In summary, the complications associated with single lung ventilation for lobectomy include complications associated with the surgical procedure, complications associated with single lung ventilation of the dependent contralateral lung, and complications associated with non-ventilation of the ipsilateral collapsed lung. Thoracic surgeons and anesthesiologists have two important concerns during these surgical procedures. These include adequate oxygenation during the surgical procedure and the potential for the development of acute lung injury in either the ipsilateral collapsed lung or the contralateral ventilated lung or both lungs. The low pressure, low tidal volume approach to the management of patients with acute lung injury should be used by anesthesiologists in the management of patients requiring one lung ventilation (10,19). The initial ventilator parameters should include a low tidal volume (6 mL/kg), a low plateau pressure (30 cmH2O), and the lowest possible FiO2 to maintain O2 saturations in the 92–95% range. Even though a tidal volume of 6 mL/kg seems relatively low, it should be remembered that this is a tidal volume for a single lung. The ventilated lung is in a dependent position and develops some atelectasis. Therefore, recruitment maneuvers and PEEP should be used to limit this development. The collapsed lung on the surgical side is, of course, atelectatic, and continuous positive airway pressure (CPAP) applied to this lung partially limits this development. The introduction of a catheter into the collapsed nonventilated lung can provide supplemental oxygen, if needed. The development of some hypercapnia during the management of these patients does not represent a significant risk except in certain clinical circumstances, such as patients with intracranial hypertension, patients with pulmonary hypertension, and patients with unstable cardiovascular status. The use of volatile anesthetics may reduce the inflammatory response associated with these procedures (2). Finally, the postoperative use of noninvasive positive pressure ventilation may help stabilize patients until they recover from the surgical procedure (20).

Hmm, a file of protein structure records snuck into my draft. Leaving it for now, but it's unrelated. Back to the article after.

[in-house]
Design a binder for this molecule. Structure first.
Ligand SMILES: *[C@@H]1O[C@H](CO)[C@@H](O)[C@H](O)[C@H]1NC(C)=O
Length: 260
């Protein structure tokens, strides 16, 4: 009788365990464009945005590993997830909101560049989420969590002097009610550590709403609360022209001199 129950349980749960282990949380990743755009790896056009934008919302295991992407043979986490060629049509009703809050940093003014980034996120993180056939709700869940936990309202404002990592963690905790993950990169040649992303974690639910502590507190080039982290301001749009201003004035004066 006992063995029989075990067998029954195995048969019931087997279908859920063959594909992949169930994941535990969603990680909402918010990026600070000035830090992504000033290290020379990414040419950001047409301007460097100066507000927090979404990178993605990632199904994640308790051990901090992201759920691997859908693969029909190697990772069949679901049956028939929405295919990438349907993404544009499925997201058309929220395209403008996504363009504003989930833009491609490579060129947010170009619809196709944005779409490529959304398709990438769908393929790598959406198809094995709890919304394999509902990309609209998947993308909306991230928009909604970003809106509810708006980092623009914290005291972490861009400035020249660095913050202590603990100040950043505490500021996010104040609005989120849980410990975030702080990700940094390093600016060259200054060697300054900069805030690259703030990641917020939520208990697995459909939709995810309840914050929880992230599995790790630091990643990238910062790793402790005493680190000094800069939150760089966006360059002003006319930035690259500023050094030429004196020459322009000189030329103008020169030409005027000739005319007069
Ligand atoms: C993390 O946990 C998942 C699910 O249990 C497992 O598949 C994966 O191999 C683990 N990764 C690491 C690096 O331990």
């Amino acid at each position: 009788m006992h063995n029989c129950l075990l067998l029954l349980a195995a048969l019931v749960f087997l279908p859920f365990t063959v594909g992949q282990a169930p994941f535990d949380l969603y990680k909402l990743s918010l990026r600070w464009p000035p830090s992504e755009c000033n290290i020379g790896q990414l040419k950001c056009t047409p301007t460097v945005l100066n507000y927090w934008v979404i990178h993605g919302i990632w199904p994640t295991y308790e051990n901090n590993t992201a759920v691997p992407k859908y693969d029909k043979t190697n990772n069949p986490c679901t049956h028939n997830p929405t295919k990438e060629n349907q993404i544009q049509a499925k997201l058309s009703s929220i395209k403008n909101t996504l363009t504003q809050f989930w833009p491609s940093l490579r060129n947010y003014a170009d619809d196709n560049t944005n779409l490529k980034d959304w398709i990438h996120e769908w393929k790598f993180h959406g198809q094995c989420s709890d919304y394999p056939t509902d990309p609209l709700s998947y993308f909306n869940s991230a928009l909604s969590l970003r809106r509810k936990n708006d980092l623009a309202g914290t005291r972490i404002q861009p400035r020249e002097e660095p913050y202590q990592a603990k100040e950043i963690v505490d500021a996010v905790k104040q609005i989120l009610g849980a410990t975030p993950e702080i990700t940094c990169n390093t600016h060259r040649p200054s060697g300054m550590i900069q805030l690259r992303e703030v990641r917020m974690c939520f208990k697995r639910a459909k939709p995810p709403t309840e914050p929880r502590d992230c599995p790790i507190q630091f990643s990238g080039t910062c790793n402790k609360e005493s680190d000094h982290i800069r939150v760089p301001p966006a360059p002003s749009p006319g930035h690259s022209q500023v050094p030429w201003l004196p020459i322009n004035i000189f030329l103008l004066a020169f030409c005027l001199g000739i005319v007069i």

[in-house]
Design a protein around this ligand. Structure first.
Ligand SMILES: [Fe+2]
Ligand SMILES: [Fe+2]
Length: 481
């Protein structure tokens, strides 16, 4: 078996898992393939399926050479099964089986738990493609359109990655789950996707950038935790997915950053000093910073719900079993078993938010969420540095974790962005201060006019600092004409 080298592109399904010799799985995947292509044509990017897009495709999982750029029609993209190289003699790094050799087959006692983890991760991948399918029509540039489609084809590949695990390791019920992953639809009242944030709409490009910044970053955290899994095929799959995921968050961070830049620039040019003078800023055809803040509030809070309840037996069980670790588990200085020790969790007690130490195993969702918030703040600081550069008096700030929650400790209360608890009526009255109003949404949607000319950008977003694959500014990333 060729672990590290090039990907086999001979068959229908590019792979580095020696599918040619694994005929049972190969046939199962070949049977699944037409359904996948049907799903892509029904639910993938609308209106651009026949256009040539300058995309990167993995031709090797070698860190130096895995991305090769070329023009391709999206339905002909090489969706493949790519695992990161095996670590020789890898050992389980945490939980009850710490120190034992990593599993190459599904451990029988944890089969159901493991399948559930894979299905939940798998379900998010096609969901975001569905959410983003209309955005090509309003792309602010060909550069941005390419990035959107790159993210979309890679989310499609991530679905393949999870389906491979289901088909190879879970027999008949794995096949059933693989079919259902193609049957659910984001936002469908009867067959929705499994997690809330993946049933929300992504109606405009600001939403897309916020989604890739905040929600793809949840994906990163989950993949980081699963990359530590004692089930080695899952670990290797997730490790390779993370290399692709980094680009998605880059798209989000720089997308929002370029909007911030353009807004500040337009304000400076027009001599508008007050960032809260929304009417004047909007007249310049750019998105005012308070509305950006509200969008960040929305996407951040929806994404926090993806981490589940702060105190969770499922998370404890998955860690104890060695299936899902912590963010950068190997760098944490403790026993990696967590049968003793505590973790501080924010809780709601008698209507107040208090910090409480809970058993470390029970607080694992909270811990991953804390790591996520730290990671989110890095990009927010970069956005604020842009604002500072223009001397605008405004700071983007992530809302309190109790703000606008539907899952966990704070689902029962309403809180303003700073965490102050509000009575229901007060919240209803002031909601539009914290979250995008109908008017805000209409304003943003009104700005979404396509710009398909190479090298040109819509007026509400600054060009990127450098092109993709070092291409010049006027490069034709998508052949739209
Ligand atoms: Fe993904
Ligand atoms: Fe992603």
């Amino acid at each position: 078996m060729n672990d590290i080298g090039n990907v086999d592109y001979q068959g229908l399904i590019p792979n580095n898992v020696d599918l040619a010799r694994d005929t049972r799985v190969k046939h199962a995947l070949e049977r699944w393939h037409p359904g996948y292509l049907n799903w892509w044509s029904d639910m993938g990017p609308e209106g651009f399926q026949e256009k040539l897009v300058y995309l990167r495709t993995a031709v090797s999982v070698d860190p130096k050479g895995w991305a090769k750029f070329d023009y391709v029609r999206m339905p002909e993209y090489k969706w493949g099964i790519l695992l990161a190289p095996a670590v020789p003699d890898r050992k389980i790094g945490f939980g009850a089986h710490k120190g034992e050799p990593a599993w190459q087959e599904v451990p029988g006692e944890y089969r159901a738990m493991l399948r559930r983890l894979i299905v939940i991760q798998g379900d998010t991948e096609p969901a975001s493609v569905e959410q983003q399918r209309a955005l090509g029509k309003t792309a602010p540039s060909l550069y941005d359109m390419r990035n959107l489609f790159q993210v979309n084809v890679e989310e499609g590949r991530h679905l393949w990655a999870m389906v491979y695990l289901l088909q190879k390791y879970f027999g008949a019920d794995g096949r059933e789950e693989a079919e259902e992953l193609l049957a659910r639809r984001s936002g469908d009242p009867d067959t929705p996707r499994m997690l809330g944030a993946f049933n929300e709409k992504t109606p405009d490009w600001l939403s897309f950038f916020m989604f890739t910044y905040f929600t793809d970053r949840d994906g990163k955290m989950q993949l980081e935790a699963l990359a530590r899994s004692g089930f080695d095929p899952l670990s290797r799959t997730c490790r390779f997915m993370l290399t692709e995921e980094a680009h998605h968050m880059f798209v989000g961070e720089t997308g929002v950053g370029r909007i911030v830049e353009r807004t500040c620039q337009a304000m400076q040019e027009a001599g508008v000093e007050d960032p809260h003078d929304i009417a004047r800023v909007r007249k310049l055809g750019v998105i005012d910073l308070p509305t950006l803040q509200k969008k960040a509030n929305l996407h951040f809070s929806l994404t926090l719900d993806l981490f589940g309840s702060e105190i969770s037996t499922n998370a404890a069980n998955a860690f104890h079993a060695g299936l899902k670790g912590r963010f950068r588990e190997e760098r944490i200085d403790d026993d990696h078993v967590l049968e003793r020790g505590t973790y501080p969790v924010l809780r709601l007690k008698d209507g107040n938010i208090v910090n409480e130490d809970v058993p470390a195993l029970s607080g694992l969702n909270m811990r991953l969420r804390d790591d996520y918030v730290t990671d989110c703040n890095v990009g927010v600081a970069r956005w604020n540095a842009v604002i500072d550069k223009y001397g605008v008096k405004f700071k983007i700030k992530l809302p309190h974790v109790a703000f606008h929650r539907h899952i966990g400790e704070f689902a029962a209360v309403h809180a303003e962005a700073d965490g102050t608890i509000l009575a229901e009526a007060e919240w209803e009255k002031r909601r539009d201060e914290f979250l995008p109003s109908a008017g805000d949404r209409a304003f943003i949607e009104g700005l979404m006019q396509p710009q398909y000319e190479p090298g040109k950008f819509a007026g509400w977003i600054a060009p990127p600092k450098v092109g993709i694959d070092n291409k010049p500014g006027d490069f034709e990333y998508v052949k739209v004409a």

Acknowledgements

None.


Footnote

Conflicts of Interest: The authors have no conflicts of interest to declare.


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Cite this article as: Aloud A, Berdine G, Nugent K. Single lung ventilation in patients undergoing lobectomy. J Thorac Dis 2018;10(12):6383-6387. doi: 10.21037/jtd.2018.11.05